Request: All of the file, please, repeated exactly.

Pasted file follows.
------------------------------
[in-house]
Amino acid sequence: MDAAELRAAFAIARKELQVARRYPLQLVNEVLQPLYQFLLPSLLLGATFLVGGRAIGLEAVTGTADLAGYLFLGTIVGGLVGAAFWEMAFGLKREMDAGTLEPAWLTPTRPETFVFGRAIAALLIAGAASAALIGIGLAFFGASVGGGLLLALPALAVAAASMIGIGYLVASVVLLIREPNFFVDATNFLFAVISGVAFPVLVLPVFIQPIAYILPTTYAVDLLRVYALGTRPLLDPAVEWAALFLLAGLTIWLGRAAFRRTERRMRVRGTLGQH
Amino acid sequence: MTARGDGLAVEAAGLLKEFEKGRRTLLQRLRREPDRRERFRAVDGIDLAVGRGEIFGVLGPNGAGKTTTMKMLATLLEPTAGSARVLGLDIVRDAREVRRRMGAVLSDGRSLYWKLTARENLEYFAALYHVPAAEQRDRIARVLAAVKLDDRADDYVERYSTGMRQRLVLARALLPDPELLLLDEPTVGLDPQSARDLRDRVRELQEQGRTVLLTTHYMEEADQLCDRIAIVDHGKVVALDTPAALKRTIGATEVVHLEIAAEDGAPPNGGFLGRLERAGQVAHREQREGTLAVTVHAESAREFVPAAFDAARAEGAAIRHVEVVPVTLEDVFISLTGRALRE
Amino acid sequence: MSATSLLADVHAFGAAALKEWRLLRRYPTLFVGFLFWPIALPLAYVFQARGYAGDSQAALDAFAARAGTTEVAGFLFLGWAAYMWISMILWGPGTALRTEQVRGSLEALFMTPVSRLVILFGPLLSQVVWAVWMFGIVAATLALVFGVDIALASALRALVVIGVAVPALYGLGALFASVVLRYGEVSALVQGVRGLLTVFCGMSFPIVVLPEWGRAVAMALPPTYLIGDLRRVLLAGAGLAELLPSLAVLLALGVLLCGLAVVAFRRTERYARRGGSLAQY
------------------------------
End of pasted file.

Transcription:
[in-house]
Amino acid sequence: MDAAELRAAFAIARKELQVARRYPLQLVNEVLQPLYQFLLPSLLLGATFLVGGRAIGLEAVTGTADLAGYLFLGTIVGGLVGAAFWEMAFGLKREMDAGTLEPAWLTPTRPETFVFGRAIAALLIAGAASAALIGIGLAFFGASVGGGLLLALPALAVAAASMIGIGYLVASVVLLIREPNFFVDATNFLFAVISGVAFPVLVLPVFIQPIAYILPTTYAVDLLRVYALGTRPLLDPAVEWAALFLLAGLTIWLGRAAFRRTERRMRVRGTLGQH
Amino acid sequence: MTARGDGLAVEAAGLLKEFEKGRRTLLQRLRREPDRRERFRAVDGIDLAVGRGEIFGVLGPNGAGKTTTMKMLATLLEPTAGSARVLGLDIVRDAREVRRRMGAVLSDGRSLYWKLTARENLEYFAALYHVPAAEQRDRIARVLAAVKLDDRADDYVERYSTGMRQRLVLARALLPDPELLLLDEPTVGLDPQSARDLRDRVRELQEQGRTVLLTTHYMEEADQLCDRIAIVDHGKVVALDTPAALKRTIGATEVVHLEIAAEDGAPPNGGFLGRLERAGQVAHREQREGTLAVTVHAESAREFVPAAFDAARAEGAAIRHVEVVPVTLEDVFISLTGRALRE
Amino acid sequence: MSATSLLADVHAFGAAALKEWRLLRRYPTLFVGFLFWPIALPLAYVFQARGYAGDSQAALDAFAARAGTTEVAGFLFLGWAAYMWISMILWGPGTALRTEQVRGSLEALFMTPVSRLVILFGPLLSQVVWAVWMFGIVAATLALVFGVDIALASALRALVVIGVAVPALYGLGALFASVVLRYGEVSALVQGVRGLLTVFCGMSFPIVVLPEWGRAVAMALPPTYLIGDLRRVLLAGAGLAELLPSLAVLLALGVLLCGLAVVAFRRTERYARRGGSLAQY